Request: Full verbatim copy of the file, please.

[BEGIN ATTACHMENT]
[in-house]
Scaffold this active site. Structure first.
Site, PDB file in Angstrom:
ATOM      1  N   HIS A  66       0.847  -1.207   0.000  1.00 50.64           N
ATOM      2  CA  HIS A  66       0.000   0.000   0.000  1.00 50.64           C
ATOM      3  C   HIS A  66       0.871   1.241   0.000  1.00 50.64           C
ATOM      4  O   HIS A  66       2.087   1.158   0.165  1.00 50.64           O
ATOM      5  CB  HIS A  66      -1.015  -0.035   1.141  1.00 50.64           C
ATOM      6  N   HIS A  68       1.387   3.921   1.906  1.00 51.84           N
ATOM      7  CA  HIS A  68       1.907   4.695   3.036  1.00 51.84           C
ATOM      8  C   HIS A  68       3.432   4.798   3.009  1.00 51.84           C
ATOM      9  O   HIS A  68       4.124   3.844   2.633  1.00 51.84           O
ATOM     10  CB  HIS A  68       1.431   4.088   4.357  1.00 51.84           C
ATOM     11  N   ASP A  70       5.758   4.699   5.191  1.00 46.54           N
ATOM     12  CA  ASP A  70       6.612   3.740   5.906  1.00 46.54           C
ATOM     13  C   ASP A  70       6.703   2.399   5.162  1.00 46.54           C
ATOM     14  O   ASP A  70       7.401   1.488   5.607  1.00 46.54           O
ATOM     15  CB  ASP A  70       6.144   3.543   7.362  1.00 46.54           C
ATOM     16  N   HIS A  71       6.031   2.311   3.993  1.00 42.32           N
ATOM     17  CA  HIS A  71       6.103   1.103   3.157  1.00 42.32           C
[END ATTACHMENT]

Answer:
[in-house]
Scaffold this active site. Structure first.
Site, PDB file in Angstrom:
ATOM      1  N   HIS A  66       0.847  -1.207   0.000  1.00 50.64           N
ATOM      2  CA  HIS A  66       0.000   0.000   0.000  1.00 50.64           C
ATOM      3  C   HIS A  66       0.871   1.241   0.000  1.00 50.64           C
ATOM      4  O   HIS A  66       2.087   1.158   0.165  1.00 50.64           O
ATOM      5  CB  HIS A  66      -1.015  -0.035   1.141  1.00 50.64           C
ATOM      6  N   HIS A  68       1.387   3.921   1.906  1.00 51.84           N
ATOM      7  CA  HIS A  68       1.907   4.695   3.036  1.00 51.84           C
ATOM      8  C   HIS A  68       3.432   4.798   3.009  1.00 51.84           C
ATOM      9  O   HIS A  68       4.124   3.844   2.633  1.00 51.84           O
ATOM     10  CB  HIS A  68       1.431   4.088   4.357  1.00 51.84           C
ATOM     11  N   ASP A  70       5.758   4.699   5.191  1.00 46.54           N
ATOM     12  CA  ASP A  70       6.612   3.740   5.906  1.00 46.54           C
ATOM     13  C   ASP A  70       6.703   2.399   5.162  1.00 46.54           C
ATOM     14  O   ASP A  70       7.401   1.488   5.607  1.00 46.54           O
ATOM     15  CB  ASP A  70       6.144   3.543   7.362  1.00 46.54           C
ATOM     16  N   HIS A  71       6.031   2.311   3.993  1.00 42.32           N
ATOM     17  CA  HIS A  71       6.103   1.103   3.157  1.00 42.32           C